Danielle McGahey is on the brink of making history as the first transgender cricketer to participate in an official international match. The 29-year-old has secured a spot in Canada’s squad for the qualifying tournament in Los Angeles, which serves as a pathway to the Women’s T20 World Cup in Bangladesh in 2024.
Having met all the eligibility requirements established by the International Cricket Council for male-to-female transgender players, McGahey’s achievement stands out in a landscape where several other sports have imposed restrictions on transgender women’s participation in major competitions. Despite these constraints, the ICC’s criteria specify that a transgender woman must maintain a serum testosterone concentration below 5 nmol/L for at least a year and be committed to sustaining this level during her playing period. Additionally, a written declaration confirming gender identity as female is mandatory.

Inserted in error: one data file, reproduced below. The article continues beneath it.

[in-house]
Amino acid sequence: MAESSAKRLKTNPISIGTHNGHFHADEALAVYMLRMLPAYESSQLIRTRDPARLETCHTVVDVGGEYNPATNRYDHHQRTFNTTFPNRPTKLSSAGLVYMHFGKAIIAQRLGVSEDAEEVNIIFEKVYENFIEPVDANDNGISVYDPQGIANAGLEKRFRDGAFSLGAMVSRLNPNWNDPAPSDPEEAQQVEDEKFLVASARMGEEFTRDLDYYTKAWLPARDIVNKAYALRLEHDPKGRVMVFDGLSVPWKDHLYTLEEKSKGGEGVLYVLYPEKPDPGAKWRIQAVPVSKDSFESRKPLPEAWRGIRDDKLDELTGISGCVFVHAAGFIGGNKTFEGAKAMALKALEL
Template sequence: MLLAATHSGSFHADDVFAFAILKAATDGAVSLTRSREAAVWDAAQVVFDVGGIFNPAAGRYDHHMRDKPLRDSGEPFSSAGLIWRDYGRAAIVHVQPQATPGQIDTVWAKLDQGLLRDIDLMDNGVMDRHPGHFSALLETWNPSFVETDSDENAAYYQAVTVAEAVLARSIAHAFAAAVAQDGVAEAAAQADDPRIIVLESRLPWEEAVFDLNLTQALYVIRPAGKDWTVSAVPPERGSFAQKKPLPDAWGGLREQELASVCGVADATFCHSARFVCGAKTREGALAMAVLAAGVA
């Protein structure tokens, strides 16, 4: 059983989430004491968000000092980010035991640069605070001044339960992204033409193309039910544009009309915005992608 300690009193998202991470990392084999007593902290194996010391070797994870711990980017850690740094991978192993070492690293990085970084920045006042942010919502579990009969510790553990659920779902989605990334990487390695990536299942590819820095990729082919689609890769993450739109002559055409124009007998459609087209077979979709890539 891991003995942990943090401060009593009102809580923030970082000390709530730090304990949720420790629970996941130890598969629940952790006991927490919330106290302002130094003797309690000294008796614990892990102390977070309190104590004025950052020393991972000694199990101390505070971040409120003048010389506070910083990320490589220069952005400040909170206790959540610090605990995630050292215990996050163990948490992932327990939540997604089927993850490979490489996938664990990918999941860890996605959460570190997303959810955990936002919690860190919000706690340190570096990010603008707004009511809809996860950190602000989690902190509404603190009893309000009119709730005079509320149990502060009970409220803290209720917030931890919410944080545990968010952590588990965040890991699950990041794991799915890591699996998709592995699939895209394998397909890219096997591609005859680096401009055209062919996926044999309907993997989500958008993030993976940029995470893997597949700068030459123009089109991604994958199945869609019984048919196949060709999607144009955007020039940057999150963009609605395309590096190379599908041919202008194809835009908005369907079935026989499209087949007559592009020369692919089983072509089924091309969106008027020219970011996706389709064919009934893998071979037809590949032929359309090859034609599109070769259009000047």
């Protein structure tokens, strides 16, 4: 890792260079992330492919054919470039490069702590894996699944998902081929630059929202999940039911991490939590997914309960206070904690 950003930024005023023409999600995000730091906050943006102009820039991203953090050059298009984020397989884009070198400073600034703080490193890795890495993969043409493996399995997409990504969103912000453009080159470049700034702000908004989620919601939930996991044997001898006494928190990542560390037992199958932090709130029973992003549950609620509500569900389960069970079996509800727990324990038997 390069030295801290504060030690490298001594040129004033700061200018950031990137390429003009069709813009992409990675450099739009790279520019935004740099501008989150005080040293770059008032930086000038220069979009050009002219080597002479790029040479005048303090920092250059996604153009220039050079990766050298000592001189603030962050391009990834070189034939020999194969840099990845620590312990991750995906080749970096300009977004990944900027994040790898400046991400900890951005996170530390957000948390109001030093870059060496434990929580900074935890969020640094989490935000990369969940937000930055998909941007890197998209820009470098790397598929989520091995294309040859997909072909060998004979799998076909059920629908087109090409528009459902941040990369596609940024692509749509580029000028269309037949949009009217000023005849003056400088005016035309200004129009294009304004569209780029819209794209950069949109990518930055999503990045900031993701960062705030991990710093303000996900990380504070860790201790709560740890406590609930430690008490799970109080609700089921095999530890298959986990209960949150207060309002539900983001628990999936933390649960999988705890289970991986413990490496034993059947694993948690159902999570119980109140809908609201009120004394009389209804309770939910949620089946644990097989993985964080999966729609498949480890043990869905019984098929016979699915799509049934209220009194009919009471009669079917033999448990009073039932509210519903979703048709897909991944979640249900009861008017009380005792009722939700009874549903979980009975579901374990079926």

McGahey, originally from Australia and now residing in Canada since February 2020, embraced her transition journey by socially becoming a woman in November 2020 and commencing medical transition in May 2021. She diligently underwent monthly blood tests for almost two years, providing her medical data to the ICC’s dedicated medical officer for thorough assessment. Her meticulous adherence to the ICC’s protocols paved the way for this historic moment.
Expressing her feelings about the accomplishment, McGahey shared her sense of honor and disbelief at representing her community through cricket. However, the road to this achievement was not without challenges, particularly the necessity of monthly blood tests amidst her cricket commitments. She acknowledged that the protocols in place have been effectively utilized and have led to this groundbreaking opportunity.
Re-reported from the article originally published in India TV